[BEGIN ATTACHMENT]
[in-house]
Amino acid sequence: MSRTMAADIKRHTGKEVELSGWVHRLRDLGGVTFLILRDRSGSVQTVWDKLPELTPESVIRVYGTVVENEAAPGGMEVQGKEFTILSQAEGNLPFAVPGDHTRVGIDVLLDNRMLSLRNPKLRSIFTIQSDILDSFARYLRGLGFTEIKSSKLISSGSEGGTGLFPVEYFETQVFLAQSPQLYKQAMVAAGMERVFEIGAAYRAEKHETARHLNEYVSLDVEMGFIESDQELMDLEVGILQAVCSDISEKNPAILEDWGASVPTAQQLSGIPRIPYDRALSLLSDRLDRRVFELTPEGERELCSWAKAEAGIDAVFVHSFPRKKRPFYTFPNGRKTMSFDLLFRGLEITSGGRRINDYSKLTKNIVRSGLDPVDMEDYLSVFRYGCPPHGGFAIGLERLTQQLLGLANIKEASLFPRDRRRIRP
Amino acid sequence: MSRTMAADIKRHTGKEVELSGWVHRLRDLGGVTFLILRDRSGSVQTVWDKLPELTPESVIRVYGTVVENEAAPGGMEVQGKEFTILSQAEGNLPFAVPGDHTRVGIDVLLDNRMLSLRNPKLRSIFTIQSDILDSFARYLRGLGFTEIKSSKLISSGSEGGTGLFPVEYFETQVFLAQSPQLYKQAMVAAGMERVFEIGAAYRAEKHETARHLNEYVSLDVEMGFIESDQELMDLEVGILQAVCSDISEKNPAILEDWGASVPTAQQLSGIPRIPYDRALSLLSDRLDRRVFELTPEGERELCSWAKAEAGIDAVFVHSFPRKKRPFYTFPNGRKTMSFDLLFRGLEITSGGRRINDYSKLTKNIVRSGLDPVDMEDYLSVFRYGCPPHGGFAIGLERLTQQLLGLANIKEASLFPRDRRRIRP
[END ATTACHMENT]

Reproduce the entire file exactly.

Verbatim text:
[in-house]
Amino acid sequence: MSRTMAADIKRHTGKEVELSGWVHRLRDLGGVTFLILRDRSGSVQTVWDKLPELTPESVIRVYGTVVENEAAPGGMEVQGKEFTILSQAEGNLPFAVPGDHTRVGIDVLLDNRMLSLRNPKLRSIFTIQSDILDSFARYLRGLGFTEIKSSKLISSGSEGGTGLFPVEYFETQVFLAQSPQLYKQAMVAAGMERVFEIGAAYRAEKHETARHLNEYVSLDVEMGFIESDQELMDLEVGILQAVCSDISEKNPAILEDWGASVPTAQQLSGIPRIPYDRALSLLSDRLDRRVFELTPEGERELCSWAKAEAGIDAVFVHSFPRKKRPFYTFPNGRKTMSFDLLFRGLEITSGGRRINDYSKLTKNIVRSGLDPVDMEDYLSVFRYGCPPHGGFAIGLERLTQQLLGLANIKEASLFPRDRRRIRP
Amino acid sequence: MSRTMAADIKRHTGKEVELSGWVHRLRDLGGVTFLILRDRSGSVQTVWDKLPELTPESVIRVYGTVVENEAAPGGMEVQGKEFTILSQAEGNLPFAVPGDHTRVGIDVLLDNRMLSLRNPKLRSIFTIQSDILDSFARYLRGLGFTEIKSSKLISSGSEGGTGLFPVEYFETQVFLAQSPQLYKQAMVAAGMERVFEIGAAYRAEKHETARHLNEYVSLDVEMGFIESDQELMDLEVGILQAVCSDISEKNPAILEDWGASVPTAQQLSGIPRIPYDRALSLLSDRLDRRVFELTPEGERELCSWAKAEAGIDAVFVHSFPRKKRPFYTFPNGRKTMSFDLLFRGLEITSGGRRINDYSKLTKNIVRSGLDPVDMEDYLSVFRYGCPPHGGFAIGLERLTQQLLGLANIKEASLFPRDRRRIRP